The sublime, beautifully lit Fig Tree Cave at the Wombeyan Karst Conservation Reserve should be added to your NSW bucket list. You can do a self-guided tour of the cave, sitting pretty in the Southern Highlands, a three-hour drive southwest of Sydney. Other tours through the Wombeyan Caves include guided adventures through Wollondilly Cave and Junction Cave, both replete with impressive formations and imposing columns. 

Wombeyan Caves in Goulburn, Country NSW

Wombeyan Caves, Goulburn - Credit: Destination Southern Highlands

Back on the surface, the Victoria Arch walking track leads to a viewing platform overlooking a remarkable natural rock formation. Stay nearby at Wombeyan Caves Cabins or Wombeyan Caves Campground and explore the region, including historic Taralga, known for its local produce, expertly prepared at The Argyle Inn. 

 Family walking  in the Victoria Arch accessible platform at Wombeyan Karst Conservation Reserve, Wombeyan Caves

Wombeyan Karst Conservation Reserve, Wombeyan Caves - Credit: Daniel Parsons

Soak your worries away: Yarrangobilly Caves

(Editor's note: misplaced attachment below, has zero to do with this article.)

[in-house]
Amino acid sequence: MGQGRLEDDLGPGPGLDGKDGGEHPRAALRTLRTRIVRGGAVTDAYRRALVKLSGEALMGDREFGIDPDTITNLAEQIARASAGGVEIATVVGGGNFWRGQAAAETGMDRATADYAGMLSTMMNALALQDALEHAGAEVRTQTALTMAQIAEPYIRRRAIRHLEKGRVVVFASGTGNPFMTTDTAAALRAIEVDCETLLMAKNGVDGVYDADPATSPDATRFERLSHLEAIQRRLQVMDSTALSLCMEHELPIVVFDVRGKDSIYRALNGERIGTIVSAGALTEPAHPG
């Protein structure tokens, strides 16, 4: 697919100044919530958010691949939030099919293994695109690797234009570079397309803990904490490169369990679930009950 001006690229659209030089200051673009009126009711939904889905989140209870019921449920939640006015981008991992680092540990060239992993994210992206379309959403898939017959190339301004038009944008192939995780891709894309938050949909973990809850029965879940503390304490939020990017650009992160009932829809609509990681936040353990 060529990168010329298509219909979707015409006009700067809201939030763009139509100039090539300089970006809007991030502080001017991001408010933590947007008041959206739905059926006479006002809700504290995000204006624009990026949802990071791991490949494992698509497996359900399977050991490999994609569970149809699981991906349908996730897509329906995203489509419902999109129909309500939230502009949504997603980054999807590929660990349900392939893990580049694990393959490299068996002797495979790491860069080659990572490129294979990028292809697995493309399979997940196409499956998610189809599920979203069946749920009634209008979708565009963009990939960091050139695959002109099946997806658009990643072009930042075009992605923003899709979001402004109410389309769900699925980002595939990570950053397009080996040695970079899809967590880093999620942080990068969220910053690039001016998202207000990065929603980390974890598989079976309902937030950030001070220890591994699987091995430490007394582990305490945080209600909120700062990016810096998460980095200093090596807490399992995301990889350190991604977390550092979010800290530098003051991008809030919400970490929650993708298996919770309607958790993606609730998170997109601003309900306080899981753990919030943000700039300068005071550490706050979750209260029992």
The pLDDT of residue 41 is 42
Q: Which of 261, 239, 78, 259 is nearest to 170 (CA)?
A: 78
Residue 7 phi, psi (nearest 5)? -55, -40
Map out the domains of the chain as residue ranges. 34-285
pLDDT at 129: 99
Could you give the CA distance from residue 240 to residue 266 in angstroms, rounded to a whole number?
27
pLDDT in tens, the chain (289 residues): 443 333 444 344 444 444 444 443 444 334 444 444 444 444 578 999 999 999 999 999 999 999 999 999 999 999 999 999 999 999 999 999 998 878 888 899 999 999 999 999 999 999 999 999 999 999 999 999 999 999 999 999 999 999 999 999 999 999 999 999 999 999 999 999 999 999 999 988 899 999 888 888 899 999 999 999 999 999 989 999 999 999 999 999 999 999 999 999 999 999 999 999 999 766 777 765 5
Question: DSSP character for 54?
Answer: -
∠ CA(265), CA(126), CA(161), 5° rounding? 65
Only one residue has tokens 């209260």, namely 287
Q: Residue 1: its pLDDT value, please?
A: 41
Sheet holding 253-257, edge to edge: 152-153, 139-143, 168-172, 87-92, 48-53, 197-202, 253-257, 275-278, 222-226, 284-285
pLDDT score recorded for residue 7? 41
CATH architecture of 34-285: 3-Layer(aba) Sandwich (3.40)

While the Yarrangobilly Caves are not easy to reach from Sydney (get set for a seven-hour drive to the southwest), the end rewards are well worth the lengthy journey. Tucked away in northern Kosciuszko National Park in the state’s Snowy Mountains, the six caves here are created from a belt of limestone laid down some 440 million years ago.   

Couple touring the Yarrangobilly Caves, Kosciuszko National Park

Yarrangobilly Caves, Kosciuszko National Park

South Glory, the largest of the caves, has self-guided tours of its cavernous chambers, while Jillabenan Cave, the smallest, is the most accessible (including by wheelchair) and is filled with fine, colourful formations – it, along with the other caves, can be explored on Discovery tours. 

Bring your swimsuit because above ground, you can take the short Yarrangobilly River Walk to a thermal pool, where you can soak cave-weary limbs; it sits at 27ºC year-round. There is plenty to do in the national park (including bushwalking in summer and skiing in winter), and the remote, heritage Yarrangobilly Caves House makes a great base.